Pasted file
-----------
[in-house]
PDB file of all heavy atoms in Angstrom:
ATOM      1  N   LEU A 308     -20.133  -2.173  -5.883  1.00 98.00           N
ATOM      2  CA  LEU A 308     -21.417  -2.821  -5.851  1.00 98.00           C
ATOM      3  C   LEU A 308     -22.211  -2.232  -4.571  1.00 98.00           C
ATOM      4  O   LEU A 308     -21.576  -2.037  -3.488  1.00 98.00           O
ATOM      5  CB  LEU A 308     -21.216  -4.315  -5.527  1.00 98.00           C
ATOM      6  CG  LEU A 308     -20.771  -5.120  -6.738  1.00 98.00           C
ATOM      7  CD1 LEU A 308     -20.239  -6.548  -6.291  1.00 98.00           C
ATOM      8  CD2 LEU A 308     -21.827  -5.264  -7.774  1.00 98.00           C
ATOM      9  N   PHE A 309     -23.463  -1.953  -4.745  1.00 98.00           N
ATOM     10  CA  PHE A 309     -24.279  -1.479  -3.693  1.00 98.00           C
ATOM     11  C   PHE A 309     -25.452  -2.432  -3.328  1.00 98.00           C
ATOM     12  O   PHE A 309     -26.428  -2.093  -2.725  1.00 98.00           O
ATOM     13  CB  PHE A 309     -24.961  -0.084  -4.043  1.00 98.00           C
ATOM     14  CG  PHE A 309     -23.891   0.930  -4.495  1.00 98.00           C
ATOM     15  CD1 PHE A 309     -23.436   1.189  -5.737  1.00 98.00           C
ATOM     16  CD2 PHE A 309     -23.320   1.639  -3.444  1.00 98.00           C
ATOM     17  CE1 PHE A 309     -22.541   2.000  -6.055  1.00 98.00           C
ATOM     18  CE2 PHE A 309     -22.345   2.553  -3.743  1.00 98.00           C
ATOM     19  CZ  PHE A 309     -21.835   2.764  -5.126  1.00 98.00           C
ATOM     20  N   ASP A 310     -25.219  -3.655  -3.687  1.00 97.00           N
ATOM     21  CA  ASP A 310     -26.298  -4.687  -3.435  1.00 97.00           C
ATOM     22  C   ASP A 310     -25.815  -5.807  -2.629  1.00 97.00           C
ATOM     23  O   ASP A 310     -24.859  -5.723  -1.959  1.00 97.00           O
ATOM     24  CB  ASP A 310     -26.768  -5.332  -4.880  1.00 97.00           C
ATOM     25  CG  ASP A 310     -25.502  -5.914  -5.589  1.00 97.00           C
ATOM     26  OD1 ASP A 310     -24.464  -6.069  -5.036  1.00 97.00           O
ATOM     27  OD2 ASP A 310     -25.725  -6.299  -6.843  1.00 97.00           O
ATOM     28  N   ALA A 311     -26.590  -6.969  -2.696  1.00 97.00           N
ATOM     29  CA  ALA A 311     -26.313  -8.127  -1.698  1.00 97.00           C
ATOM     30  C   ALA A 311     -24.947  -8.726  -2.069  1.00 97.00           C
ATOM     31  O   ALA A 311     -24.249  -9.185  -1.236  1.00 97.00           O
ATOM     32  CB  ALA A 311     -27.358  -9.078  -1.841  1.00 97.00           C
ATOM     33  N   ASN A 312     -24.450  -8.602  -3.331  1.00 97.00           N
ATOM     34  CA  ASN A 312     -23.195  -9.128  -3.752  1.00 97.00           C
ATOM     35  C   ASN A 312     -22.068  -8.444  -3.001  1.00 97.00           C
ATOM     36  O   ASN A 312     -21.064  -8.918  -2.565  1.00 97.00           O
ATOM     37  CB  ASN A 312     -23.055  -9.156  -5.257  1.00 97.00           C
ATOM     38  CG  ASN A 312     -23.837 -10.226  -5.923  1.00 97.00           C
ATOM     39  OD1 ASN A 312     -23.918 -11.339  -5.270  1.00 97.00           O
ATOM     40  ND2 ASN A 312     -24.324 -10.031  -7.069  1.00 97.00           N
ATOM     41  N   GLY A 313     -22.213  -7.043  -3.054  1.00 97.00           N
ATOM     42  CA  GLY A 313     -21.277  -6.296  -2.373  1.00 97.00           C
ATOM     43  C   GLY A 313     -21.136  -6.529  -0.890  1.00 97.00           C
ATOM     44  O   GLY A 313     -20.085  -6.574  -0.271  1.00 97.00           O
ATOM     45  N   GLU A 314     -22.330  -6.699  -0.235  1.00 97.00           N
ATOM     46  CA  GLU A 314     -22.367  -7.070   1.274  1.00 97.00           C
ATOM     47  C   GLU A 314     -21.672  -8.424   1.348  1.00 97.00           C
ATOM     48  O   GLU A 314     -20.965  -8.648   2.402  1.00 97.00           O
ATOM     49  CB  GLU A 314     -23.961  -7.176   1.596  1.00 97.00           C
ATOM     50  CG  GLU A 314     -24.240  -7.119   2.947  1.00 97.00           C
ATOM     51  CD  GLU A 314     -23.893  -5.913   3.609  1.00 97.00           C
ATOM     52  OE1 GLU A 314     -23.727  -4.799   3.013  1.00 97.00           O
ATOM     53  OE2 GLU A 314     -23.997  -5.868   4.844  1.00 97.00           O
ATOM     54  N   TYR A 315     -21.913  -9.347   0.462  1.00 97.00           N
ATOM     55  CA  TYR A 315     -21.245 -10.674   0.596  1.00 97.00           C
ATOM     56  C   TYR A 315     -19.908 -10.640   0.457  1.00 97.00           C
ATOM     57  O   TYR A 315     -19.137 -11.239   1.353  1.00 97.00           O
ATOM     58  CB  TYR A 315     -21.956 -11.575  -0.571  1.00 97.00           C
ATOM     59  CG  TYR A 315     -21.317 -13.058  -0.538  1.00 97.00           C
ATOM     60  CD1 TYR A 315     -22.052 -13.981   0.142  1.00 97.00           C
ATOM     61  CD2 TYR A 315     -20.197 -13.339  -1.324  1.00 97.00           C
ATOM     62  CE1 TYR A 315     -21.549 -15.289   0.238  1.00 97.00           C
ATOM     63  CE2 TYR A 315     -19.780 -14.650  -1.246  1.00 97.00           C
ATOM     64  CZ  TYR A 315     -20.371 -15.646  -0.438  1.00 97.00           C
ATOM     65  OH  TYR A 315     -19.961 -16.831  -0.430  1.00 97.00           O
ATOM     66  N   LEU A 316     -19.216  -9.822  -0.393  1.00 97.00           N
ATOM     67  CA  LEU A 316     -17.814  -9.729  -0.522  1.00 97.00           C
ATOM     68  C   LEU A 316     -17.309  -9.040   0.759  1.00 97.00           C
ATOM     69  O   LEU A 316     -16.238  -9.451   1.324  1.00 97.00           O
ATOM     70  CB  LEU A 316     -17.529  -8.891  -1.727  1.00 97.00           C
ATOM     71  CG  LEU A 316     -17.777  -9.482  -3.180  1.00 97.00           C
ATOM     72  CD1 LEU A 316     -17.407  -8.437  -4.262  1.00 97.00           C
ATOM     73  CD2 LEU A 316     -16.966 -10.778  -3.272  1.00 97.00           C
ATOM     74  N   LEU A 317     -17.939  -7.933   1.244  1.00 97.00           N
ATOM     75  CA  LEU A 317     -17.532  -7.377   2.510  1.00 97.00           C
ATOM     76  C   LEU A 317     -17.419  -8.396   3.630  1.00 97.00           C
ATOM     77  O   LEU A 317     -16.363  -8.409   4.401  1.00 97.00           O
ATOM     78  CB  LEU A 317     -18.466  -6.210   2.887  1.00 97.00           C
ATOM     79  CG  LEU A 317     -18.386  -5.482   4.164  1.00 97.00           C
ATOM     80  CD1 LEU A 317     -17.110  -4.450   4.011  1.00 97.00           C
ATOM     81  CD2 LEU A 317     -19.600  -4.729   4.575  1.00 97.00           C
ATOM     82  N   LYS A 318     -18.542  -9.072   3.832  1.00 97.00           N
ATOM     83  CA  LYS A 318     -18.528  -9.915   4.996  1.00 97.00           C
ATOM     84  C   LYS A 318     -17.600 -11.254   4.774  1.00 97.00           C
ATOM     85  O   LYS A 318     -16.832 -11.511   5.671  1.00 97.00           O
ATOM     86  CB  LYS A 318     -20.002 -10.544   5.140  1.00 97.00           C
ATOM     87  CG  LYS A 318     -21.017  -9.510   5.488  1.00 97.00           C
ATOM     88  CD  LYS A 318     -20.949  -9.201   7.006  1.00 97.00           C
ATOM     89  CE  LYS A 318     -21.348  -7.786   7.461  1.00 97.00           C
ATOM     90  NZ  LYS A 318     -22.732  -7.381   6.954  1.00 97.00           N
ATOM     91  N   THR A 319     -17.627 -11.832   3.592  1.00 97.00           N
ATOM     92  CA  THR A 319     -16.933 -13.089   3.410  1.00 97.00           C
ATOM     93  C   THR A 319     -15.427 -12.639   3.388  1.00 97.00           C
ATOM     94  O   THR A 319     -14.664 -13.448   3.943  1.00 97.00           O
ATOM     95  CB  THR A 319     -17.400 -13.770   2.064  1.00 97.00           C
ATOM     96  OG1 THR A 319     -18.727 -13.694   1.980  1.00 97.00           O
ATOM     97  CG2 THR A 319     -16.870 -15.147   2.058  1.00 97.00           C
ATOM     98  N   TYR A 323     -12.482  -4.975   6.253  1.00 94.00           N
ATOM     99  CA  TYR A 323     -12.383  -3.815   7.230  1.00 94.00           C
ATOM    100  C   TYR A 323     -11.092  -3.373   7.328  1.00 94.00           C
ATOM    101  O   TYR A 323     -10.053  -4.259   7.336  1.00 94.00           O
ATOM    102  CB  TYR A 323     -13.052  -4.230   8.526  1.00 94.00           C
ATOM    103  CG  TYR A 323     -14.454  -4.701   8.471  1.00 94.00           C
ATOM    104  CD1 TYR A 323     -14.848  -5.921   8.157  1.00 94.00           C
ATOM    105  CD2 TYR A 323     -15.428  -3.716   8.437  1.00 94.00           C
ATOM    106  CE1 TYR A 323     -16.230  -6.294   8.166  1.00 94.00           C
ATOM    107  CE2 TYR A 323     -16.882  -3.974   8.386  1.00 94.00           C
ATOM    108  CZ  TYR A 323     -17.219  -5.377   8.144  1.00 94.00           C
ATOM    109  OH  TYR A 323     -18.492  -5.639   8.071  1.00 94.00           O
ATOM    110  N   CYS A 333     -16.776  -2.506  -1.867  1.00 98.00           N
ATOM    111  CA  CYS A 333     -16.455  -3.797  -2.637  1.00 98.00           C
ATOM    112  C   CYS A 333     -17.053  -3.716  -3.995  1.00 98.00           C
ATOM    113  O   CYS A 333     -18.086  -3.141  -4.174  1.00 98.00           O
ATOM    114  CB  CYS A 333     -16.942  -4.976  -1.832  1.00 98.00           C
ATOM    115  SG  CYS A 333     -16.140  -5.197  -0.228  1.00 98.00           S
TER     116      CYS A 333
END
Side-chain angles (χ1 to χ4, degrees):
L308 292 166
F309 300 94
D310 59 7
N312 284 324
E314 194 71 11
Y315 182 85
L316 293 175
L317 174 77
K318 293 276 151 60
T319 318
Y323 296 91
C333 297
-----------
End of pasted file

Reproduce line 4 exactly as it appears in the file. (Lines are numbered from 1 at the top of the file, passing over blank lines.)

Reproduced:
ATOM      2  CA  LEU A 308     -21.417  -2.821  -5.851  1.00 98.00           C